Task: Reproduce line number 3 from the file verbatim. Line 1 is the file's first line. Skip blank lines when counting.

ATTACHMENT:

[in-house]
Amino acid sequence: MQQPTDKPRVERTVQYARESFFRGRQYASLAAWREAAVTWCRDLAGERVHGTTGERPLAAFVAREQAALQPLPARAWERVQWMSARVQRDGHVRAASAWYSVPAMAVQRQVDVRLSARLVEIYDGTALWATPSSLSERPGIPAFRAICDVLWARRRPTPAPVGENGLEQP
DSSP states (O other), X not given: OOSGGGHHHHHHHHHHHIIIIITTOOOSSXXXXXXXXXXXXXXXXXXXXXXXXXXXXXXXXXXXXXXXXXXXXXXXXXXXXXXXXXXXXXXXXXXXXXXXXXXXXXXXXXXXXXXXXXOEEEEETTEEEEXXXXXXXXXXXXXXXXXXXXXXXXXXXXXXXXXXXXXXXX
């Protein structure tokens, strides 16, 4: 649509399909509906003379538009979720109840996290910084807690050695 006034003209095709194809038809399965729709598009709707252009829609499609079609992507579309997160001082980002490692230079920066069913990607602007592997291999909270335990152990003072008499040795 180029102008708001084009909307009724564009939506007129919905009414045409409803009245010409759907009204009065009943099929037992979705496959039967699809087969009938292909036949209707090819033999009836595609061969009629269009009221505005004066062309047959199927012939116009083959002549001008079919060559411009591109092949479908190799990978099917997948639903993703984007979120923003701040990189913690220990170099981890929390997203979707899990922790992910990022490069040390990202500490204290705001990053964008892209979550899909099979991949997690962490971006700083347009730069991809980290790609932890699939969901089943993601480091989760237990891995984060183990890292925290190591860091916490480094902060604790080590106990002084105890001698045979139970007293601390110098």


DSSP states (O other), X not given: OOSGGGHHHHHHHHHHHIIIIITTOOOSSXXXXXXXXXXXXXXXXXXXXXXXXXXXXXXXXXXXXXXXXXXXXXXXXXXXXXXXXXXXXXXXXXXXXXXXXXXXXXXXXXXXXXXXXXOEEEEETTEEEEXXXXXXXXXXXXXXXXXXXXXXXXXXXXXXXXXXXXXXXX